Friends and Peers Circle

In a rapidly changing society, peer groups have a great influence on an individual. Therefore, in addition to family and the media, one’s peer group and friends strongly influence the process of socialization and become ‘significant others’. Nowadays, social comparisons are related to the development of body dissatisfaction among children, adolescents, and adults.

Tatangelo and Ricciardelli [22], in examining the impact of peers and media on body-image perception among children, found that appearance comparisons are more common among women, whereas sports/ability comparisons are more common among men.

In addition, men viewed media comparisons as inspiring, whereas women reported negative emotions in response to such comparisons. Studies conducted on college students, examining the relationships between perceived body image, appearance, and the effects of peers [23] revealed that peer pressure is unavoidable and most often negative, especially for women.

Yet, intensified parental control can also negatively influence on how college women and men feel about their bodies. Another study [24] examining the relationship between peer influence, media exposure, and body-image satisfaction in young adults showed that media exposure was higher among females than males.

Media Circle

Several studies have found significant correlation between exposure to Western media and body dissatisfaction [4,25,26]. Other studies have found a decrease in body satisfaction following exposure to media images, typically in women presented with the “thin ideal” [27,28].

An examination of self-perception among women on Facebook revealed that women high in appearance comparison reported more body dissatisfaction after spending time on Facebook, compared to a control site group [29,30].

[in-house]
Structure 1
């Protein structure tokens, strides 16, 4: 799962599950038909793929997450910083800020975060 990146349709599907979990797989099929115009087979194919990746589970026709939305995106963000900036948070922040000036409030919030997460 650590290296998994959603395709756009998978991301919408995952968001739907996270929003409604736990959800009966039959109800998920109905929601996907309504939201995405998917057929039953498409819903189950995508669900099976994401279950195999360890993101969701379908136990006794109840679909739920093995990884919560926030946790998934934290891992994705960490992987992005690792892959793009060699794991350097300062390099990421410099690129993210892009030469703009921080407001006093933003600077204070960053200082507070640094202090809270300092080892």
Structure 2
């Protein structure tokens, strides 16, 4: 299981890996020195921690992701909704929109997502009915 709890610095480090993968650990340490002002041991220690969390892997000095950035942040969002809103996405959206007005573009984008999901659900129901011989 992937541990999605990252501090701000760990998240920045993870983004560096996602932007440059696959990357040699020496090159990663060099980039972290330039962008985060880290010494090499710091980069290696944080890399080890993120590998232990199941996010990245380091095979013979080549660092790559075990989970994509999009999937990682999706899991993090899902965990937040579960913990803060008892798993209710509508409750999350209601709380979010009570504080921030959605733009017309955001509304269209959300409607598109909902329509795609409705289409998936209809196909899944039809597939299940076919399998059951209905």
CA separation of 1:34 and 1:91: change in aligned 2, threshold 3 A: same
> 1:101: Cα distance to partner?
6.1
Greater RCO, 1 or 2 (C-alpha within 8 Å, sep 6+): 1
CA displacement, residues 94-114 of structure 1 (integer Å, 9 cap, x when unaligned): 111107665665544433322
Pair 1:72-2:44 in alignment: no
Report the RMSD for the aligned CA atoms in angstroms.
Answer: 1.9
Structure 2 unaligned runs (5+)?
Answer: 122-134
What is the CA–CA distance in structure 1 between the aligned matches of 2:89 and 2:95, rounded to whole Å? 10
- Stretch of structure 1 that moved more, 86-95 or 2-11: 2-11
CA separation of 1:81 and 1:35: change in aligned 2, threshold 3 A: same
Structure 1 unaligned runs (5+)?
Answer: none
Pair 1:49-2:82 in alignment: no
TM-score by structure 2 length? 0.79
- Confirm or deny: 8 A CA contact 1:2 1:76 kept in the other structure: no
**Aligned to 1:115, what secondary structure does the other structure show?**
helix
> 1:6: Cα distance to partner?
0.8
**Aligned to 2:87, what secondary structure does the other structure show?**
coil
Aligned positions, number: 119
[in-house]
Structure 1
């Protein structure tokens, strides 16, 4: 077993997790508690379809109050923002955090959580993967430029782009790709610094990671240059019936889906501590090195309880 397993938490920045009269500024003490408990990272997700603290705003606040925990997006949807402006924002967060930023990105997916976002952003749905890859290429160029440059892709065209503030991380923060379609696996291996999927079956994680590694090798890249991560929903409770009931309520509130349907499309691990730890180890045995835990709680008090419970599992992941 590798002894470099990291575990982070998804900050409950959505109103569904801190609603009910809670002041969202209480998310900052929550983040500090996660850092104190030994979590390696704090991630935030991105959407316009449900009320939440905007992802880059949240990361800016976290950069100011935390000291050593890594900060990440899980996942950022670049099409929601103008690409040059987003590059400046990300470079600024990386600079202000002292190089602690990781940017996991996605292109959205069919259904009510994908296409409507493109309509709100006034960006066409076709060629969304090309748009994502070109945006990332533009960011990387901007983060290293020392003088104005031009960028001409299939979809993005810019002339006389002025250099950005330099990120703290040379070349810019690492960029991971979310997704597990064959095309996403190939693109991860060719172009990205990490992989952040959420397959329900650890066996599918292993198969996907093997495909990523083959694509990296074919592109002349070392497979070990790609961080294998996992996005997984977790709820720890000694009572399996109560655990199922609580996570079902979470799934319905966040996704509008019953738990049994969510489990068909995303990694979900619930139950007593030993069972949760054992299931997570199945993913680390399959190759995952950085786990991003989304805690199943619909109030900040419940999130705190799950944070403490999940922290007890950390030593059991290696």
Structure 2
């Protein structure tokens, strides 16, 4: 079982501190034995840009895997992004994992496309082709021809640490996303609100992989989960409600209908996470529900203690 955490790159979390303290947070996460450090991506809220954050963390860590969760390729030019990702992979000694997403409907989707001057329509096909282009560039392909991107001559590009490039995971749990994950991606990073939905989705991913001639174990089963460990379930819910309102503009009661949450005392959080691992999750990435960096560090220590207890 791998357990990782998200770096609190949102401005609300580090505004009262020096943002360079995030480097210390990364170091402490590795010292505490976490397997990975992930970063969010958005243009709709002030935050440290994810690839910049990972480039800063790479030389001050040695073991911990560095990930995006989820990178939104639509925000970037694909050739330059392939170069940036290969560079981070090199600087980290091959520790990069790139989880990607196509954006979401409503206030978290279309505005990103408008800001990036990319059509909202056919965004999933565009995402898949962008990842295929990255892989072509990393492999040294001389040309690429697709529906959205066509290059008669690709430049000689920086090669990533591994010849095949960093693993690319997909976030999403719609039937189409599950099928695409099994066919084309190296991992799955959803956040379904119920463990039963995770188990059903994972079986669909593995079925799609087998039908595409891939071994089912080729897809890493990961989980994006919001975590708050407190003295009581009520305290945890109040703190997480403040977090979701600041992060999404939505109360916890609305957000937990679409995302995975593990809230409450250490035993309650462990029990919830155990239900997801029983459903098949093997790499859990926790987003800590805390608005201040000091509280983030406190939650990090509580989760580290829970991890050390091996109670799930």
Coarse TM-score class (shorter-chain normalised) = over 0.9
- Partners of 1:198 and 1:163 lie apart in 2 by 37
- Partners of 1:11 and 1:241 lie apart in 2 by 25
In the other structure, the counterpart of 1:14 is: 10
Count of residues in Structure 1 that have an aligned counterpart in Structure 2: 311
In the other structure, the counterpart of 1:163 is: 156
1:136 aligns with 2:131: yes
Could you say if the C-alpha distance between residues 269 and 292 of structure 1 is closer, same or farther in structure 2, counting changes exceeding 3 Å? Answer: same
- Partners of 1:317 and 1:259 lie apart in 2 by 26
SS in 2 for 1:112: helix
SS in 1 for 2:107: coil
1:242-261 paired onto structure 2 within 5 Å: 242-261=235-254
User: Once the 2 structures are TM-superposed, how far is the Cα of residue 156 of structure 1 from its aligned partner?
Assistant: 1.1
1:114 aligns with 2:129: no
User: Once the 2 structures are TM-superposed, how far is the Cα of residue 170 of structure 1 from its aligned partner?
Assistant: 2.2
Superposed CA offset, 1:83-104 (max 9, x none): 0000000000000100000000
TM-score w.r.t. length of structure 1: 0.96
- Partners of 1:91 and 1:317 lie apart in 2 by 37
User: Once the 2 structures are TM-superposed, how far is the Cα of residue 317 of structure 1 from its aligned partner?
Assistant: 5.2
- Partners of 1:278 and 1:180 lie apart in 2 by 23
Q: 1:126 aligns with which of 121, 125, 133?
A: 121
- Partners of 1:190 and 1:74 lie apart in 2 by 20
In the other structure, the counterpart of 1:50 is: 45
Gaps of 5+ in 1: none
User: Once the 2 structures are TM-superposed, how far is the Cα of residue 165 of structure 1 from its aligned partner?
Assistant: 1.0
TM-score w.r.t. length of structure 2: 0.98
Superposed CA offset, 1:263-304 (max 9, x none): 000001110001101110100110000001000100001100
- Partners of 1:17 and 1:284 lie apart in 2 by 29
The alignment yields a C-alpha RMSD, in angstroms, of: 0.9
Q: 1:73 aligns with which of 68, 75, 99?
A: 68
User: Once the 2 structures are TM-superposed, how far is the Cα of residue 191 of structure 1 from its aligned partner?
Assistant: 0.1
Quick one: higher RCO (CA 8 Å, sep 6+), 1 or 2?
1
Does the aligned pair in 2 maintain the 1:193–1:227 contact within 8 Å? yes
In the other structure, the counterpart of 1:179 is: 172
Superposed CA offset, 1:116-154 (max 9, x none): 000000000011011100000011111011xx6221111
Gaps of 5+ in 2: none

Studies on the effects of exposure to video games on body image in men and women yielded similar results [31,32].

International studies conducted by the WHO between 1994 and 2014 mapped Israeli adolescents’ media exposure and usage. As Harel-Fish et al. [10] reported, the survey shows that Israeli adolescents are more exposed to media than most of their peers in other countries.

A cross-culture study [33,34] including a sample of young and middle-aged adults examined body-weight satisfaction, among a Mediterranean adult population, show that female participants were more concerned about their body-weight status, more dissatisfied being overweight, and more worried about weight gain than men.

Moreover, middle-aged participants were more dissatisfied with their body shape and underestimated their body weight more than the younger adults.

The present study intended to deepen our understanding of the influence of the individual’s social environment, in particular its influence on the individual’s habits, behaviors, and body appearance perception.

It was expected that the main differences would emerge for gender and for age group. As such, women would be more concerned about their appearance and less satisfied with their body, and that their appearance self-perceptions would be lower than those of the men.

Boston University School of Medicine
Media Contacts:
Gina DiGravio – Boston University School of Medicine

Original Research: Open access
“Unattainable Standards of Beauty: Temporal Trends of Victoria’s Secret Models from 1995 to 2018”. Mayra Bc Maymone, MD, DSc, Melissa Laughter, PhD, Jaclyn B Anderson, BS, Eric A Secemsky, MD, MSc, Neelam A Vashi, MD.
Aesthetic Surgery Journal doi:10.1093/asj/sjz271.


Please enter your comment!
Please enter your name here

Questo sito usa Akismet per ridurre lo spam. Scopri come i tuoi dati vengono elaborati.